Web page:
Ari Shapiro served very ably as White House correspondent for National Public Radio (NPR) for several years. He then became a co-host of the network’s drive-time program “All Things Considered” in 2015. When he’s not working, Shapiro likes to sing. He regularly appears as a guest singer with the group Pink Martini, and has appeared on several of the band’s albums.

51 Deliberate betrayal : PERFIDY

Perfidy is a deliberate breach of trust. The term originated with the Latin phrase “per fidem decipere”, meaning “to deceive through trustingness”.

54 Father figures? : DAD BODS

A “dad bod” is a man’s body that is softly rounded. Well, that’s the description I like to use …

57 Guam or the U.S. Virgin Islands: Abbr. : TERR

There are sixteen US territories in all, but only five of them are inhabited:

  • Puerto Rico
  • Guam
  • Northern Mariana Islands
  • US Virgin Islands
  • American Samoa

Examples of US territories with no permanent or native inhabitants are Wake Island and Midway Islands.

Guam is a US territory in the western Pacific Ocean, and is the largest of the Mariana Islands. Guam is also the first territory in the United States to see the sun rise on any particular day. As such, the territory has adopted the motto, “Where America’s day begins”. During WWII, the US territory of Guam was occupied by the Japanese for 31 months until it was liberated in the Battle of Guam in July 1944. Of the 18,000 Japanese men holding the island, only 485 surrendered, so almost all perished in the invasion. One Japanese sergeant hid out on the island for an incredible 28 years, finally surrendering in 1972!

The US Virgin Islands (USVI) are located in the Caribbean, and are part of the Virgin Islands archipelago. The three largest islands of the US territory are Saint Croix, Saint John and Saint Thomas. The island chain was named by Christopher Columbus in 1493 in honor of Saint Ursula and her virgin followers. The United States bought the islands from Denmark during WWI in a move designed to thwart plans by Germany to use them as a submarine base.

59 Surgeons’ professional org. : AMA

American Medical Association (AMA)

60 2012 Best Picture winner : ARGO

“Argo” is a 2012 movie that is based on the true story of the rescue of six diplomats hiding out during the 1979 Iran hostage crisis. The film was directed by and stars Ben Affleck and is produced by Grant Heslov and George Clooney, the same pair who produced the excellent “Good Night, and Good Luck”. I highly recommend “Argo”, although I found the scenes of religious fervor to be very frightening …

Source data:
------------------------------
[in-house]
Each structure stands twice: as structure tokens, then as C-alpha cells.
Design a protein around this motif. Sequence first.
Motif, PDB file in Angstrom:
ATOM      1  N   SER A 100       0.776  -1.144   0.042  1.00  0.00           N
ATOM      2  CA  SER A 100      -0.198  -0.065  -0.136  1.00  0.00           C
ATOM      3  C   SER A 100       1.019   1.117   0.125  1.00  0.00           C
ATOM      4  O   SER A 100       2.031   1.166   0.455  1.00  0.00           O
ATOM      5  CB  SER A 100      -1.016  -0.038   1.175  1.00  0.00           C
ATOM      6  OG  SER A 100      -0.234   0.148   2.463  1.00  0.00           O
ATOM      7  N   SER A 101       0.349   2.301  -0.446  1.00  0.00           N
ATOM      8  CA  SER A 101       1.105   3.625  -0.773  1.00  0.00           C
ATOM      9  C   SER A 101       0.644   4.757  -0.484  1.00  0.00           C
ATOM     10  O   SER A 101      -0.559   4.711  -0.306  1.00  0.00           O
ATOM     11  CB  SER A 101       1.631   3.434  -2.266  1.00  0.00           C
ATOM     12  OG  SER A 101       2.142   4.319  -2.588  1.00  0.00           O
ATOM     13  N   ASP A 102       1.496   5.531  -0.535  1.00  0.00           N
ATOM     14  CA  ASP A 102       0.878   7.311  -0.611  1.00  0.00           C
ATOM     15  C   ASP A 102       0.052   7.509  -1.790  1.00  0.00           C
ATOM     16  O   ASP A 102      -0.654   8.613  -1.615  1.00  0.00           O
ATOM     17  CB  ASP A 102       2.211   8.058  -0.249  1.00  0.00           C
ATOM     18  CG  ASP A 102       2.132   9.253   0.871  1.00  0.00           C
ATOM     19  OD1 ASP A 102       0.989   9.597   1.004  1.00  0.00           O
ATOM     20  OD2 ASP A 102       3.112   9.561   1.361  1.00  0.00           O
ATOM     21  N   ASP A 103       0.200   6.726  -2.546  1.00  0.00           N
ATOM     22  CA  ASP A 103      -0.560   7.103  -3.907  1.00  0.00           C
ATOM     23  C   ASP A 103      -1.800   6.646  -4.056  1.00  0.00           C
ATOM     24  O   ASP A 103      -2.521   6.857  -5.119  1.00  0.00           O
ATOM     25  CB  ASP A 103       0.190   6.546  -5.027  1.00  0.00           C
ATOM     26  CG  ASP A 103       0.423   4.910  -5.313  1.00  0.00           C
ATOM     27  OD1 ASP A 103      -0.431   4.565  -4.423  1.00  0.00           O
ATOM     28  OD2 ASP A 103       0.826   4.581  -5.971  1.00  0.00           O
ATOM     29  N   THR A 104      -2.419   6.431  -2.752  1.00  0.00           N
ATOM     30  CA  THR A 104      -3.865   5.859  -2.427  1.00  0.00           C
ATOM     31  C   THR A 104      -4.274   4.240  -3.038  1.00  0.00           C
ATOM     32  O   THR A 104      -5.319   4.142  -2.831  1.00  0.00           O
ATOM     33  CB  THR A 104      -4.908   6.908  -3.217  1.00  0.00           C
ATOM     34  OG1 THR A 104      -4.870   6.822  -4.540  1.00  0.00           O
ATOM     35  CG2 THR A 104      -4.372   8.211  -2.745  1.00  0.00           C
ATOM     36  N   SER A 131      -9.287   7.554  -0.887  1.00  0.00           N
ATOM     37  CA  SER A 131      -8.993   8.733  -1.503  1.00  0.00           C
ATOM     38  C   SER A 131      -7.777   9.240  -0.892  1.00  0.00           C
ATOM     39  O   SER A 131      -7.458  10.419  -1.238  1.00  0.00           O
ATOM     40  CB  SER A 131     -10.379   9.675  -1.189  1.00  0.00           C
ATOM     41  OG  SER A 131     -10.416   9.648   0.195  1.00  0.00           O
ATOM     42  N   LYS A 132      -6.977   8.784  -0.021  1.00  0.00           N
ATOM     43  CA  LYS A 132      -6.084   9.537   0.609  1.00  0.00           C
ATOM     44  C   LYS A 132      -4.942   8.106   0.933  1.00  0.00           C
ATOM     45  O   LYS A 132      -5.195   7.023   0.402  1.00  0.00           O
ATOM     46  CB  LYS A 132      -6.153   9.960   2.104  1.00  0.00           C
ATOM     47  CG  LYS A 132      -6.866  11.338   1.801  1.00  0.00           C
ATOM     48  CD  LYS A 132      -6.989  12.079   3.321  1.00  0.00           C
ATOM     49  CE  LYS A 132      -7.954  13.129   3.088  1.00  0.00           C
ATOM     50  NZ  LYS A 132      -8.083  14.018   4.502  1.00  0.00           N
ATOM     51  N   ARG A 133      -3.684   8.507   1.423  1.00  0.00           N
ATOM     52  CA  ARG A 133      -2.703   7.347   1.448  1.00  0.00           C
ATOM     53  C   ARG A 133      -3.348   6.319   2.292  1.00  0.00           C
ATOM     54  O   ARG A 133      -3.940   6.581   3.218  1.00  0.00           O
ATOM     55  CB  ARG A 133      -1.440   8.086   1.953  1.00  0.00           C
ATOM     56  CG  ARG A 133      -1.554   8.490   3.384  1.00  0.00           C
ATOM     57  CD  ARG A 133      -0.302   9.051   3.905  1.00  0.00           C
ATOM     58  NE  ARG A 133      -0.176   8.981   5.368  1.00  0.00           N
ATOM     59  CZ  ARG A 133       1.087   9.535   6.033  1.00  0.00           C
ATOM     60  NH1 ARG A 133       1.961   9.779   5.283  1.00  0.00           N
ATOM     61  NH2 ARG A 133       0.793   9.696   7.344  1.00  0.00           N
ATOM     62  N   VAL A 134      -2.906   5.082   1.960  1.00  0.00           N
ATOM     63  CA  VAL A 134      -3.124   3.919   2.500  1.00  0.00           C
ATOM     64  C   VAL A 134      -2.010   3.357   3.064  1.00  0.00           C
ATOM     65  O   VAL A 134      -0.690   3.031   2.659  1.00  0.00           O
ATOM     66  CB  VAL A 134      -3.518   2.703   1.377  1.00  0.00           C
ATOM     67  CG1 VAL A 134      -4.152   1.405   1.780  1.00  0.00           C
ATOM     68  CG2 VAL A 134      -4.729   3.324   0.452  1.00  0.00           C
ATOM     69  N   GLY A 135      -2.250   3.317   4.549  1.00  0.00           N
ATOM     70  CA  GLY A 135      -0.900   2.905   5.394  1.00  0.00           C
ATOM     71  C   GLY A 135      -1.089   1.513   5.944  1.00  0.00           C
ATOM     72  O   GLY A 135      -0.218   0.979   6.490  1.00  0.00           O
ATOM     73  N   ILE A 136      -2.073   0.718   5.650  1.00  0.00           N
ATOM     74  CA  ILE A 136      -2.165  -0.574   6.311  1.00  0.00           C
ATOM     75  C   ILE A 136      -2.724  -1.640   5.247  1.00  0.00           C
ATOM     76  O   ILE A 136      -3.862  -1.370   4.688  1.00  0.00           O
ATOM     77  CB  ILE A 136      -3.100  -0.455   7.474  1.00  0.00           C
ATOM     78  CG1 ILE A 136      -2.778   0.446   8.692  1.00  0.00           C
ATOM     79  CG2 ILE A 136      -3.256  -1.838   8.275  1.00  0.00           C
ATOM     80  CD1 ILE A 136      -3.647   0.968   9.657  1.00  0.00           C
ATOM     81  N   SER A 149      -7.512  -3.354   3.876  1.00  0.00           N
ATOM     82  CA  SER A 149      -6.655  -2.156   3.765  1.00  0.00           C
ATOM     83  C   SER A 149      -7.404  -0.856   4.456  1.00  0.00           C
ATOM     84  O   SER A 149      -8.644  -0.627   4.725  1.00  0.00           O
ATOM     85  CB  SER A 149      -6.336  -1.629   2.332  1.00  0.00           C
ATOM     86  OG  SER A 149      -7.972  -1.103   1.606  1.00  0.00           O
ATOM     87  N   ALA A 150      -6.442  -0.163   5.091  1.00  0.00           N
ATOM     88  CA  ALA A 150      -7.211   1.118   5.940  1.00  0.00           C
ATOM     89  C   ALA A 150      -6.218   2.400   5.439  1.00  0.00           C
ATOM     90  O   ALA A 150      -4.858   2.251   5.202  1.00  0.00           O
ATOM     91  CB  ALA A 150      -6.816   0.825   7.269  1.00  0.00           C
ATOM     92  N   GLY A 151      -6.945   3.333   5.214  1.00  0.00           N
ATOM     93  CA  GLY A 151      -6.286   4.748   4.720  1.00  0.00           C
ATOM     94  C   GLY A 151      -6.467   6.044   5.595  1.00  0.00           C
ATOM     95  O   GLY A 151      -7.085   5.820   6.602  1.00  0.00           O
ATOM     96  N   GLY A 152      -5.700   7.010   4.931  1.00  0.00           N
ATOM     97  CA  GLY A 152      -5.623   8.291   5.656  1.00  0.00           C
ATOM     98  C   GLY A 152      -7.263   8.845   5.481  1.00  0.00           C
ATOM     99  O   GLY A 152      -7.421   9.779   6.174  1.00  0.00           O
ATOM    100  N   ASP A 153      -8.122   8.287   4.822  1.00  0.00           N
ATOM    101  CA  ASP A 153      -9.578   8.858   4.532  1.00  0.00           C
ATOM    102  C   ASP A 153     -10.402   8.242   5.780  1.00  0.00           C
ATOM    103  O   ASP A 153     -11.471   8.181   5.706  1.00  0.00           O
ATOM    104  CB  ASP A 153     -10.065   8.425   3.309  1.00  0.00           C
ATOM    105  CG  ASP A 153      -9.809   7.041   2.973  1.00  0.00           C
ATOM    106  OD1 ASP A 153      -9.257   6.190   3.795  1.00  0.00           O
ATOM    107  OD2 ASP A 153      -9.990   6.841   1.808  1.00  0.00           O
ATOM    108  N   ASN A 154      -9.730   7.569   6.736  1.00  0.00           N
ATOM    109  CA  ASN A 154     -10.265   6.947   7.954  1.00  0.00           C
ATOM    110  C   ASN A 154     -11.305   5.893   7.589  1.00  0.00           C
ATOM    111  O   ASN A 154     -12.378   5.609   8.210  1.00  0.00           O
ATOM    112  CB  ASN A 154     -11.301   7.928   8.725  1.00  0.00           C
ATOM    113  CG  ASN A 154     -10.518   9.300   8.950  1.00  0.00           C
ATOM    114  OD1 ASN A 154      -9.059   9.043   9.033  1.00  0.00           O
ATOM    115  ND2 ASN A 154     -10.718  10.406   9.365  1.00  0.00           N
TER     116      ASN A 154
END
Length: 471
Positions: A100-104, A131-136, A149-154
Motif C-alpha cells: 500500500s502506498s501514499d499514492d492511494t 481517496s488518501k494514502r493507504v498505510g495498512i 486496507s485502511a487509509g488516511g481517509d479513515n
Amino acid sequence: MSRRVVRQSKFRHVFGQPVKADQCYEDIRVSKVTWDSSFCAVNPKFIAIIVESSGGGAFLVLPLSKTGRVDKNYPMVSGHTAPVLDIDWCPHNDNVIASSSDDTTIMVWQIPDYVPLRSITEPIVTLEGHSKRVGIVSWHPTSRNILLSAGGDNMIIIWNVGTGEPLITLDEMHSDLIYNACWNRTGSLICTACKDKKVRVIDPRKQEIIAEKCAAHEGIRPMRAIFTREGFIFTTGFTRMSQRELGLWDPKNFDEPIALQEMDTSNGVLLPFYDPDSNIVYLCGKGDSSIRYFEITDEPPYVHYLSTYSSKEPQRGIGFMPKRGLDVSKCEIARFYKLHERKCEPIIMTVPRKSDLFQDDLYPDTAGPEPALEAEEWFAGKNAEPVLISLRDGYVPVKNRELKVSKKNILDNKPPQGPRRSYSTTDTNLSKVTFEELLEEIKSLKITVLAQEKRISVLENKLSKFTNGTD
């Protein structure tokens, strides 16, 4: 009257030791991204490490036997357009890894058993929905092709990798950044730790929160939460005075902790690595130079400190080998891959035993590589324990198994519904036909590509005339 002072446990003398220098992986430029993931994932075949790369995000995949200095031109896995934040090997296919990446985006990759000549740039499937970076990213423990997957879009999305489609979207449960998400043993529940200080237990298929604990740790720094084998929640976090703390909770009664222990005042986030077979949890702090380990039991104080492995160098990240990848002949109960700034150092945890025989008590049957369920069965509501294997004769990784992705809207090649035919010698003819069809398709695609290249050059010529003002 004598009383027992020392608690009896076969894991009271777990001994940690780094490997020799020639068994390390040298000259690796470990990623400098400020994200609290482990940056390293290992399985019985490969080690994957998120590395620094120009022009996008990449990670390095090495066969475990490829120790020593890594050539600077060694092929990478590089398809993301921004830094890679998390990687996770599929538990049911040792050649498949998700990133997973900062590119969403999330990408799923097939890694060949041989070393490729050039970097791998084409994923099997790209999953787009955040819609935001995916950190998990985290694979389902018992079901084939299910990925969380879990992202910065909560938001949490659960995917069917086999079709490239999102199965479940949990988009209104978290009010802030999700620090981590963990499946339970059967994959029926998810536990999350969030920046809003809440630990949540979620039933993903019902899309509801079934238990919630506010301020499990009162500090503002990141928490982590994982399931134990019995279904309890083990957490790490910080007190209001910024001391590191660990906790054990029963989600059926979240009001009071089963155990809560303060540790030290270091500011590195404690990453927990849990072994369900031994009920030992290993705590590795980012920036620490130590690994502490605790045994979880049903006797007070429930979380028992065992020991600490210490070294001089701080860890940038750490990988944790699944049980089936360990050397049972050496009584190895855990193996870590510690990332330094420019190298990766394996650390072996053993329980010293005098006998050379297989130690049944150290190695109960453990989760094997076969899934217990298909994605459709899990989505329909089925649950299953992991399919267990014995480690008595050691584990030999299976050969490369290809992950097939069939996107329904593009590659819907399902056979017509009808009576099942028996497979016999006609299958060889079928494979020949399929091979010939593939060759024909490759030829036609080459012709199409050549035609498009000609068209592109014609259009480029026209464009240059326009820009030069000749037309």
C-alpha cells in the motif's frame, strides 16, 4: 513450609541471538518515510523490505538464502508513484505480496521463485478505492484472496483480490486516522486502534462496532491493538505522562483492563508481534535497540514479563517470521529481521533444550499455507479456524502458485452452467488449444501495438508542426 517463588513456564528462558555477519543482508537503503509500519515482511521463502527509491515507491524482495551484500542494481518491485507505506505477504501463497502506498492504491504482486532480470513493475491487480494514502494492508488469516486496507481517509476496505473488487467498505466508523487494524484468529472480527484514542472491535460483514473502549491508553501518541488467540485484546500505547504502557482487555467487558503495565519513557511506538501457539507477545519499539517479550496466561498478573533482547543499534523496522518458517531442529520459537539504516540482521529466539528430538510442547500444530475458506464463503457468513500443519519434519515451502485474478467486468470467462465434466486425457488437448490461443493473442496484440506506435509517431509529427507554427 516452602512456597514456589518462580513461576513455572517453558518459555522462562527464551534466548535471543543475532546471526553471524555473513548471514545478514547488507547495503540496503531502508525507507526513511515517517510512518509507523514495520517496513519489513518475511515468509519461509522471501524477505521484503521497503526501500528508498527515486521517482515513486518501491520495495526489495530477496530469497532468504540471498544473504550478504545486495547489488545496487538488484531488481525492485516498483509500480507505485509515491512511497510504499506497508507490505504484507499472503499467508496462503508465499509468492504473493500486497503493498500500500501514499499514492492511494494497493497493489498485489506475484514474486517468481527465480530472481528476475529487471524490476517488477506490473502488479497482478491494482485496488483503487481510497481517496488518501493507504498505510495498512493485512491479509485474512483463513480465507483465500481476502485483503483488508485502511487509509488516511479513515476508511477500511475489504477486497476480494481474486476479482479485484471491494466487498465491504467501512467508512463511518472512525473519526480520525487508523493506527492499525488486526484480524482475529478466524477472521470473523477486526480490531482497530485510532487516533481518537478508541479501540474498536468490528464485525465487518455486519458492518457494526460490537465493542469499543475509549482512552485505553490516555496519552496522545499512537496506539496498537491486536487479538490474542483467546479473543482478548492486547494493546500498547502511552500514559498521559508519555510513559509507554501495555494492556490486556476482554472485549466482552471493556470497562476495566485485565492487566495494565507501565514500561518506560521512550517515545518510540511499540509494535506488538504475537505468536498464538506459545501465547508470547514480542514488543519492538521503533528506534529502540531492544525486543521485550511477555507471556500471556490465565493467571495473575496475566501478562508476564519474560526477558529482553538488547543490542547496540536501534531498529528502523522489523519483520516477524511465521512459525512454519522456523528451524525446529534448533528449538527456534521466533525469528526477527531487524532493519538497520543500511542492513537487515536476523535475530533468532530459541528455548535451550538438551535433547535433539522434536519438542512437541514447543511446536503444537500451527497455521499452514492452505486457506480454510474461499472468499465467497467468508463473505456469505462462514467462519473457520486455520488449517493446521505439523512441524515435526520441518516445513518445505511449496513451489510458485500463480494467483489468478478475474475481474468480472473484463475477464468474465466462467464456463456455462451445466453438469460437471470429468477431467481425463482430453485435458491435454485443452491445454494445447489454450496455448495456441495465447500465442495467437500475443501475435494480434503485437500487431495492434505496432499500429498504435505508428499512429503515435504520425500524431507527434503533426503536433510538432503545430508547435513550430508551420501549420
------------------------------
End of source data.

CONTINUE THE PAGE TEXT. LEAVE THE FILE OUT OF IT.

61 Anastasia ___, protagonist of “Fifty Shades of Grey” : STEELE

“Fifty Shades of Grey” is an incredibly popular erotic novel by British writer E. L. James. “Fifty Shades of Grey” is the fastest-selling paperback of all time. There are two other titles to complete the trilogy: “Fifty Shades Darker” and “Fifty Shades Freed”.

63 Top supporter? : BRA

The word “brassière” is French in origin, but it isn’t the word that the French use for a “bra”. In France, what we call a bra is known as a “soutien-gorge”, translating to “held under the neck”. The word “brassière” is indeed used in France but there it describes a baby’s undershirt, a lifebelt or a harness. “Brassière” comes from the Old French word for an “arm protector” in a military uniform (“bras” is the French for “arm”). Later “brassière” came to mean “breastplate” and from there the word was used for a type of woman’s corset. The word jumped into English around 1900.

64 Susan who portrayed the youngest child on “The Brady Bunch” : OLSEN

Former child actress Susan Olsen played Cindy Brady on the sitcom “The Brady Bunch”. There’s an urban legend that Olsen became an adult film star in later life. While that’s not true at all, what is true is that she made spaceship sound effects for a porn movie one time, as a favor for a friend in the technical side of the business.